Scholarly interpretation of the encounter between the prophet Amos and Amaziah, the priest of Bethel (Amos 7:10-17), has thus far focused on the issue of prophetic authority and legitimization. This paper seeks to shed light on the issues at the heart of the dispute between Amaziah and Amos—issues of boundaries and identity, insiders and outsiders; belonging to and being banished from Israel, the land and the people. Amaziah insists that Amos is an outsider who may speak freely, but only “there”, not “here”. Amos counters by predicting the priest’s own loss of social framework, in life and in death. The fact that, unlike many other reports of prophetic confrontations, this story does not indicate the consequences of the dispute—whether the expulsion of the prophet from the Northern Kingdom or the fulfillment of the curse of Amaziah—is another indication that the issue of prophetic authority is neither the only, nor the major concern of this showdown.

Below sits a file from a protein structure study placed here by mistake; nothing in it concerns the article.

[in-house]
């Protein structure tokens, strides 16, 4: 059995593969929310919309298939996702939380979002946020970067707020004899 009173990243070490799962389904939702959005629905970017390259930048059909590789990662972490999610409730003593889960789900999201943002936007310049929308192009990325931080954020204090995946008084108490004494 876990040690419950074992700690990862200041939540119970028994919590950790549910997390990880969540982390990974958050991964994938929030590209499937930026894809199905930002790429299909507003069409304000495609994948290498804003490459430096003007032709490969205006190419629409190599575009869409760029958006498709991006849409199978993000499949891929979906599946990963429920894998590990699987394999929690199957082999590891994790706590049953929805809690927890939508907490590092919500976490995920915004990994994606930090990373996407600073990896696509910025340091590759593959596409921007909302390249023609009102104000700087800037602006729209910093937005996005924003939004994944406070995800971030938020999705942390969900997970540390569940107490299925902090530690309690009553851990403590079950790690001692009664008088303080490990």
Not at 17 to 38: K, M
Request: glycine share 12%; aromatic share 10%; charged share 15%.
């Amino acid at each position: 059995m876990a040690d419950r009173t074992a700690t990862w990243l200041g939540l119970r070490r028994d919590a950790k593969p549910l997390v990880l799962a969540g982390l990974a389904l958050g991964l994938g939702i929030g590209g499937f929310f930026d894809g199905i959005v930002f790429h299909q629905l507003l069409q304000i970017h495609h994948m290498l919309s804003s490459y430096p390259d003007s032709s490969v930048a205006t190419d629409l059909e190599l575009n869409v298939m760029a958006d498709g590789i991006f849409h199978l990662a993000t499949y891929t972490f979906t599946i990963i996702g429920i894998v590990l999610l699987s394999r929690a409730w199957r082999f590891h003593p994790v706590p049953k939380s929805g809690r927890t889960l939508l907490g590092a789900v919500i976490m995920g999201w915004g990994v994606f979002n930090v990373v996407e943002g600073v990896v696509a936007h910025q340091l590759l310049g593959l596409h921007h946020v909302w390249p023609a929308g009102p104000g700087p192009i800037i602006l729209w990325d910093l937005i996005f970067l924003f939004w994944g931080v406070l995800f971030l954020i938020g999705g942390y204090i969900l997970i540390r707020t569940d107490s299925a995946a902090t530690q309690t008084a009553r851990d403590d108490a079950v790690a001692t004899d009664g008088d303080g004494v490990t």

This article addresses the phenomenon of fortifications in Iron Age Israel and tries to portray the specific historical background behind their construction by integrating the archaeological data, the extra-biblical sources and the analysis of the biblical text. Of the two clear stratigraphical phases of fortifications noticed in several Iron Age cities, the latter is more massive and elaborated compared with its predecessor. We propose that the developed phase of fortifications in Israel was created under the Omrides, in a time of economic and political strength, as a response to the expansion policy of Aram Damascus. This analysis offers an explanation to the intriguing absence of any biblical reference to the Assyrians prior to Tiglath-pileser III, and casts a fresh look upon the current debate on the chronology of the Iron Age II. If the elaborate fortification systems were initiated during the first half of the ninth century, the initial phase of the urbanization process, which preceded this developed stage, must have begun in the days prior to the Omride dynasty, namely in the tenth century.